Vampires can creep in and scare you from just about anywhere; Neil Gaiman made this apparent in his short story titled “Snow, Glass, Apples.” I have read a lot of revamped fairy tales, pun not intended, and can easily see where vampires fit into them, —Bluebeard, Hansel & Gretel, Sleeping Beauty, and others. By the way, you can read the story in various published anthologies, though I personally suggest Smoke and Mirrors. I love fairy tales, because they take you back to the more base female and male desires, to survival in a time we today can only imagine. It might be fantasy, but there are shadows of truth in all fictional literature. So maybe the appearance of a vampire in one of the most beloved children’s stories of all time casts a ripple of terror before it hits the surface of the water of our imaginations.
Once the story does make its splash, you’ll be forced to come to terms with an evil queen, who was simply “misread” by others, and the subject of evil rumors. The little princess, Snow White is actually the villain, and she isn’t the fairy tale vampire, innocent and childlike that we might imagine either. She makes Anne Rice’s Claudia, or Near Dark’s Homer, look about as unruly as the kids on Sesame Street. If you like your stories short, dark, and dirty, you’ll love Snow, Glass, Apples, because Neil doesn’t have the mind of a man who can easily censor himself to make his fiction more palatable for everyone. He plows right on through the story, spilling his dirty secrets like wine on what we’d like to pretend is the perfect white rug of our minds.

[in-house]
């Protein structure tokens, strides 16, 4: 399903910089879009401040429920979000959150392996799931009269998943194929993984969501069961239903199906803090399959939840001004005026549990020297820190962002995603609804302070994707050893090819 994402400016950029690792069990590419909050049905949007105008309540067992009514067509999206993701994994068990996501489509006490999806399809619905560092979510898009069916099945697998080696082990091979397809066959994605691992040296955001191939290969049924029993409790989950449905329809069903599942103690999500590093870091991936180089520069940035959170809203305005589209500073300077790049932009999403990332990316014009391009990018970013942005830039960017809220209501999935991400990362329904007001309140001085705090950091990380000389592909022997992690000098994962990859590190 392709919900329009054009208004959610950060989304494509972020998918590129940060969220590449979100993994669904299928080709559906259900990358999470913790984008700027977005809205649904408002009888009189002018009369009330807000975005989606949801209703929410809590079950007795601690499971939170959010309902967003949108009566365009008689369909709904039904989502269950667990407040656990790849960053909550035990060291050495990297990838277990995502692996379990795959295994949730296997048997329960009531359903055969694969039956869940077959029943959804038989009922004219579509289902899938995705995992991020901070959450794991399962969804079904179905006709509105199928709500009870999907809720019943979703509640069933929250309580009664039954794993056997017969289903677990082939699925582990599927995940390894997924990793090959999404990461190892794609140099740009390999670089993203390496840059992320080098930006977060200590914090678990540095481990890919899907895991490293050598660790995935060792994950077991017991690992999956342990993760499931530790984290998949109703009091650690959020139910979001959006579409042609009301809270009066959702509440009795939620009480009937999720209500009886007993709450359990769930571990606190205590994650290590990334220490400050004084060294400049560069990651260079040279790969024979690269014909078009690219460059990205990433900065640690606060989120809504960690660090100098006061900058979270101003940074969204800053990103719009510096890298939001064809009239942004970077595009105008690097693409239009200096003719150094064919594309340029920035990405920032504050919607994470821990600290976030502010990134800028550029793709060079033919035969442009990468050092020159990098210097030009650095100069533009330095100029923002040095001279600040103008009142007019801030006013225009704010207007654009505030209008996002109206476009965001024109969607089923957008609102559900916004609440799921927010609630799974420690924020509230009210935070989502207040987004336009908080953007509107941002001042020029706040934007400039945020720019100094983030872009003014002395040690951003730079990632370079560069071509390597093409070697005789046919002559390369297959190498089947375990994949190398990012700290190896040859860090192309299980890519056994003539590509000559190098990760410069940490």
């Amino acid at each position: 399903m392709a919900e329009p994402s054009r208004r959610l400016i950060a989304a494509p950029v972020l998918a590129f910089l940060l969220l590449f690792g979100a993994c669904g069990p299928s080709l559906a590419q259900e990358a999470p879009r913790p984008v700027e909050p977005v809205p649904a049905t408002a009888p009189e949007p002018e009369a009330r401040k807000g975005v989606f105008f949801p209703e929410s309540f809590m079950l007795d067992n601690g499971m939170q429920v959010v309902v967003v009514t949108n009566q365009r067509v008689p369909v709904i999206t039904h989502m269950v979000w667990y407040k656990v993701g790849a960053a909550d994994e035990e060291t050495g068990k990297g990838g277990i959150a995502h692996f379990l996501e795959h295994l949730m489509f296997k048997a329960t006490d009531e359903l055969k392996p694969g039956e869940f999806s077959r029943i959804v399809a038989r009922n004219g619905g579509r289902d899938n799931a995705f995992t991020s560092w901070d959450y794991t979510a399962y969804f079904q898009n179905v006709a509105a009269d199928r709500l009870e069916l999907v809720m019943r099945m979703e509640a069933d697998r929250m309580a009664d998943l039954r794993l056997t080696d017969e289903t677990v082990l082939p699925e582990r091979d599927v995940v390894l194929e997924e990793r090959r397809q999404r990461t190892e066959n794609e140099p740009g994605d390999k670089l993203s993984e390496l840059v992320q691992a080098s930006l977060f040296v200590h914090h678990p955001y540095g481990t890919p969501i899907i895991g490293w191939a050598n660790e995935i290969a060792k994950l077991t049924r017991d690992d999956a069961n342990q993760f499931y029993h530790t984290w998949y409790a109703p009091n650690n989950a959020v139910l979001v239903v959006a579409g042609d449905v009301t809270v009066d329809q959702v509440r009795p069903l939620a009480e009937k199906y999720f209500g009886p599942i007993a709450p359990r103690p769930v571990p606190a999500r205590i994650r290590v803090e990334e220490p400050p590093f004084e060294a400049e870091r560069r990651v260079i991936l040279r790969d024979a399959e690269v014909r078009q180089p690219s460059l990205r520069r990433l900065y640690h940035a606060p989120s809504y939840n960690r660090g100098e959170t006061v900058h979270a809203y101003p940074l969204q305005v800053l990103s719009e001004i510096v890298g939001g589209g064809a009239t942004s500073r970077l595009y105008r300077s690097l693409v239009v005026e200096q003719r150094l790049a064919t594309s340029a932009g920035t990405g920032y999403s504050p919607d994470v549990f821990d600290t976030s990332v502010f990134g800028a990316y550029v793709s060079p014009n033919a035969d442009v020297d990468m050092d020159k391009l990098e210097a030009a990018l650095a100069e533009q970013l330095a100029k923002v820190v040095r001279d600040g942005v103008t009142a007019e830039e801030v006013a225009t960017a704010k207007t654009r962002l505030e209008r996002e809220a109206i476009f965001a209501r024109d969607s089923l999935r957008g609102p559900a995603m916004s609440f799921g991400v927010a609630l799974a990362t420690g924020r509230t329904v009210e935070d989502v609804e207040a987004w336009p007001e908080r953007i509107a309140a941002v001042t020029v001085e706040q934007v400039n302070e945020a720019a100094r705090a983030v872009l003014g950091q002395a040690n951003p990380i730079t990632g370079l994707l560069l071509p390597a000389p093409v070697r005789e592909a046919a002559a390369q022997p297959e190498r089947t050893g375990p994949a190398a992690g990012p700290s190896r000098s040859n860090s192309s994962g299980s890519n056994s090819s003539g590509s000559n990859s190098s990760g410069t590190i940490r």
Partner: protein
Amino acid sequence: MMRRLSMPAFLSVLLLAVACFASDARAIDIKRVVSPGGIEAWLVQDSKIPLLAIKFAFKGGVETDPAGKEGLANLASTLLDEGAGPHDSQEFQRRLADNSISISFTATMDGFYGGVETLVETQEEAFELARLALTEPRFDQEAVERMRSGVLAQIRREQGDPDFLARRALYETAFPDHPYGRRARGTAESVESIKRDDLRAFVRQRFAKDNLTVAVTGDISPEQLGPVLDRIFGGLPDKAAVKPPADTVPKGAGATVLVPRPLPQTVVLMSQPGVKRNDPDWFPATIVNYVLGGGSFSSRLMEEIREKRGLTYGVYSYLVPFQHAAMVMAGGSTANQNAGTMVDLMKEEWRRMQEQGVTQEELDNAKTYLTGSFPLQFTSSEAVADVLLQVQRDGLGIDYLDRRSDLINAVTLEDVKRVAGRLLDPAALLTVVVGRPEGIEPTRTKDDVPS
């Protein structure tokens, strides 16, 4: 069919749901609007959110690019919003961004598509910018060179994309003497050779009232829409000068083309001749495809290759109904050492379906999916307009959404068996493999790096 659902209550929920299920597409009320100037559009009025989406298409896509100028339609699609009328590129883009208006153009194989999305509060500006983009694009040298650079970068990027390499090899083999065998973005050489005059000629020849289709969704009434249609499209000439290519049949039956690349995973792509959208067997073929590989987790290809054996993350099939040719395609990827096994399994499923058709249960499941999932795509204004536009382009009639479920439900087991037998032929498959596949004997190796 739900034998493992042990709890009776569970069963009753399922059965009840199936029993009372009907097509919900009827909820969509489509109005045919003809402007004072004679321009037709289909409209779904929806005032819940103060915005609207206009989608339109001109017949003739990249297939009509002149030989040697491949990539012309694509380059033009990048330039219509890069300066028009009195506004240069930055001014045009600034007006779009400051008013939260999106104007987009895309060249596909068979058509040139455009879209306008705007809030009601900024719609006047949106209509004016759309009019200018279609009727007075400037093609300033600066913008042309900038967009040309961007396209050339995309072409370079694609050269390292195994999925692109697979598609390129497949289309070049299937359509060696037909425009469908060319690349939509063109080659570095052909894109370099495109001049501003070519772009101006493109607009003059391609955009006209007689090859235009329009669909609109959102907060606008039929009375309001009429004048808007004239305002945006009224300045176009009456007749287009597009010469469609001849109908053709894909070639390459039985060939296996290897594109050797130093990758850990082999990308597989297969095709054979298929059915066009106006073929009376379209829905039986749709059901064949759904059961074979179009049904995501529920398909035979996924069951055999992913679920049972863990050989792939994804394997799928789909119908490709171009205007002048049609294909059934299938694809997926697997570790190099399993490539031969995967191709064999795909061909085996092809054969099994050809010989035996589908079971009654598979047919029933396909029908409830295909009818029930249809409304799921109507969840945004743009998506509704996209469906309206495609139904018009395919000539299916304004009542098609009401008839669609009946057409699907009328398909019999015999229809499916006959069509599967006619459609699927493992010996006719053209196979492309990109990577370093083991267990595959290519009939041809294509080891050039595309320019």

Because when it comes down to it, don’t we like to feel debauched by what we’ve read? After all, we are almost involuntarily trying to imagine what the author had in mind when he was transcribing his own imagination on the page. Maybe we’re making it more horrible than it is, maybe we can only provide pale shadows of the terror Neil had in mind. Either way, the force of his imagination is a thing to be reckoned with, and later, when we’re curled in bed, we’ll be alone with our thoughts with an instant or more, relishing the true self that gave us waking nightmares, and savoring the leftover taste of sin on our tongues.
It is excellent short story. Dirty? Hm, it was least dirty (and hands down best) story in the collection Love in vein II which was mostly garbage.